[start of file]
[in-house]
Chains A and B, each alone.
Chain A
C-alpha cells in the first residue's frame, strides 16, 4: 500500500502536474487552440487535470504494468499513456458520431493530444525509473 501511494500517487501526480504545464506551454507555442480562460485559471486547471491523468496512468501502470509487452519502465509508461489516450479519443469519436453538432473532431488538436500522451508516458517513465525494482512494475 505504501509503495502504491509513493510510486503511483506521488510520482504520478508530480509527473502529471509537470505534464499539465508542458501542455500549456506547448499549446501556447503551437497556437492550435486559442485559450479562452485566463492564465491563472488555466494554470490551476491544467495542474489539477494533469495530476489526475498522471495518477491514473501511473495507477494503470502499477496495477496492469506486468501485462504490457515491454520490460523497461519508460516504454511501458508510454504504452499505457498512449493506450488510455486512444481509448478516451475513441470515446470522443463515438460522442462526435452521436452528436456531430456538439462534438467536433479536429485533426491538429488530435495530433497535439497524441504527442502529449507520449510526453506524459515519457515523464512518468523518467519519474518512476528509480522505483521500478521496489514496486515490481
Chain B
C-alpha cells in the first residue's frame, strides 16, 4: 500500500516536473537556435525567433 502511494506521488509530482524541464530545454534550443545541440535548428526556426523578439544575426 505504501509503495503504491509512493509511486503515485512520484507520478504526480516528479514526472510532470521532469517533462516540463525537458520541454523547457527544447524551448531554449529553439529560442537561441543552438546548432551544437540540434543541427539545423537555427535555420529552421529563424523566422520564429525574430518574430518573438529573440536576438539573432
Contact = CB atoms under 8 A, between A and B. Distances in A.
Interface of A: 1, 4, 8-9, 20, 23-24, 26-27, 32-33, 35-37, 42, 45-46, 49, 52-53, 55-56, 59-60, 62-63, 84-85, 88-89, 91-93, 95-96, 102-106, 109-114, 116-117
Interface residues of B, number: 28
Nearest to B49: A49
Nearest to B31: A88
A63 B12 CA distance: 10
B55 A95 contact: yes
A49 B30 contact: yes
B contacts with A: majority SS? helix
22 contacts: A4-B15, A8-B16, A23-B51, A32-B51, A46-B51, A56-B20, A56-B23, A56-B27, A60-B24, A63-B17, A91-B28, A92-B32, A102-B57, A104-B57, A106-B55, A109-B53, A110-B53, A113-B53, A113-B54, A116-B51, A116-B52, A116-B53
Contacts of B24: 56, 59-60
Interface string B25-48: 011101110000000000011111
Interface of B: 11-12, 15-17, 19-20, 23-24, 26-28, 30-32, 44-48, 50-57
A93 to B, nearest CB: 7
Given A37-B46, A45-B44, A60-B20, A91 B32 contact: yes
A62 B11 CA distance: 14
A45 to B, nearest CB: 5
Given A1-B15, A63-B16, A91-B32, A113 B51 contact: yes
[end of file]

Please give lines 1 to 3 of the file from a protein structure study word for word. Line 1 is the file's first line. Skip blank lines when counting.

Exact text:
[in-house]
Chains A and B, each alone.
Chain A